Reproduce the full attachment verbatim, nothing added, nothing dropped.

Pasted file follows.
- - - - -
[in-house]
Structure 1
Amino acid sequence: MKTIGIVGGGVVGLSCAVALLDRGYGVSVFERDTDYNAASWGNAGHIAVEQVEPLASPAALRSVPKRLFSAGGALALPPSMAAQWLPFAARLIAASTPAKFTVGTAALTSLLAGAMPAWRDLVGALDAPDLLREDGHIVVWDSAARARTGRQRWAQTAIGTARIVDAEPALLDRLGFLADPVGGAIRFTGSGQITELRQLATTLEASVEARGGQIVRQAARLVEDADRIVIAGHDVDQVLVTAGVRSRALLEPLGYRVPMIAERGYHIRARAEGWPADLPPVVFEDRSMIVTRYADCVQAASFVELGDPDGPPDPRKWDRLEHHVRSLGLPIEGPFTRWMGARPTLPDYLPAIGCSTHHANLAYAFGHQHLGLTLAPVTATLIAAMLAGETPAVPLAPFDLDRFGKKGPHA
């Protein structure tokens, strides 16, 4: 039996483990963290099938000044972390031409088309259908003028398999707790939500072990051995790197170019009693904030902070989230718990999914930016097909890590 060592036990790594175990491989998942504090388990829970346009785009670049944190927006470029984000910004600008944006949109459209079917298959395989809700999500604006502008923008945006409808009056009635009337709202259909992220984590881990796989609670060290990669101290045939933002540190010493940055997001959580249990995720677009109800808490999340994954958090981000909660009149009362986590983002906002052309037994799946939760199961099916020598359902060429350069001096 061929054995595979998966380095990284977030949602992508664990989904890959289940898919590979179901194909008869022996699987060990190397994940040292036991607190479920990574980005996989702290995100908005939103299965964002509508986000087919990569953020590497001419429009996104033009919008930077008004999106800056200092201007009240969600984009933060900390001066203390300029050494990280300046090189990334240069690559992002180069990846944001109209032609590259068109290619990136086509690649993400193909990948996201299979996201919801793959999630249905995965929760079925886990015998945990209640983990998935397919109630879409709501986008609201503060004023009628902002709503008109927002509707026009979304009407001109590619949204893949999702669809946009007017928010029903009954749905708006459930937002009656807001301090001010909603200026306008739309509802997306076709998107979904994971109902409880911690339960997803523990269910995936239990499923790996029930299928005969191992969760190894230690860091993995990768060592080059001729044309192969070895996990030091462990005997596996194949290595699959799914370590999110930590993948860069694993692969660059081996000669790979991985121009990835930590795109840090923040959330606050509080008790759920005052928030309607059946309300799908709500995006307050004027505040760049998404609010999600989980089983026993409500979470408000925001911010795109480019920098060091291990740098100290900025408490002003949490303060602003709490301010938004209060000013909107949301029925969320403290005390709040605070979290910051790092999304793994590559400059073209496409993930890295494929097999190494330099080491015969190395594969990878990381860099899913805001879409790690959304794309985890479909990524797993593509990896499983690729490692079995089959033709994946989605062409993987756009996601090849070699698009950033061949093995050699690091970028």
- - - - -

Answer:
[in-house]
Structure 1
Amino acid sequence: MKTIGIVGGGVVGLSCAVALLDRGYGVSVFERDTDYNAASWGNAGHIAVEQVEPLASPAALRSVPKRLFSAGGALALPPSMAAQWLPFAARLIAASTPAKFTVGTAALTSLLAGAMPAWRDLVGALDAPDLLREDGHIVVWDSAARARTGRQRWAQTAIGTARIVDAEPALLDRLGFLADPVGGAIRFTGSGQITELRQLATTLEASVEARGGQIVRQAARLVEDADRIVIAGHDVDQVLVTAGVRSRALLEPLGYRVPMIAERGYHIRARAEGWPADLPPVVFEDRSMIVTRYADCVQAASFVELGDPDGPPDPRKWDRLEHHVRSLGLPIEGPFTRWMGARPTLPDYLPAIGCSTHHANLAYAFGHQHLGLTLAPVTATLIAAMLAGETPAVPLAPFDLDRFGKKGPHA
């Protein structure tokens, strides 16, 4: 039996483990963290099938000044972390031409088309259908003028398999707790939500072990051995790197170019009693904030902070989230718990999914930016097909890590 060592036990790594175990491989998942504090388990829970346009785009670049944190927006470029984000910004600008944006949109459209079917298959395989809700999500604006502008923008945006409808009056009635009337709202259909992220984590881990796989609670060290990669101290045939933002540190010493940055997001959580249990995720677009109800808490999340994954958090981000909660009149009362986590983002906002052309037994799946939760199961099916020598359902060429350069001096 061929054995595979998966380095990284977030949602992508664990989904890959289940898919590979179901194909008869022996699987060990190397994940040292036991607190479920990574980005996989702290995100908005939103299965964002509508986000087919990569953020590497001419429009996104033009919008930077008004999106800056200092201007009240969600984009933060900390001066203390300029050494990280300046090189990334240069690559992002180069990846944001109209032609590259068109290619990136086509690649993400193909990948996201299979996201919801793959999630249905995965929760079925886990015998945990209640983990998935397919109630879409709501986008609201503060004023009628902002709503008109927002509707026009979304009407001109590619949204893949999702669809946009007017928010029903009954749905708006459930937002009656807001301090001010909603200026306008739309509802997306076709998107979904994971109902409880911690339960997803523990269910995936239990499923790996029930299928005969191992969760190894230690860091993995990768060592080059001729044309192969070895996990030091462990005997596996194949290595699959799914370590999110930590993948860069694993692969660059081996000669790979991985121009990835930590795109840090923040959330606050509080008790759920005052928030309607059946309300799908709500995006307050004027505040760049998404609010999600989980089983026993409500979470408000925001911010795109480019920098060091291990740098100290900025408490002003949490303060602003709490301010938004209060000013909107949301029925969320403290005390709040605070979290910051790092999304793994590559400059073209496409993930890295494929097999190494330099080491015969190395594969990878990381860099899913805001879409790690959304794309985890479909990524797993593509990896499983690729490692079995089959033709994946989605062409993987756009996601090849070699698009950033061949093995050699690091970028």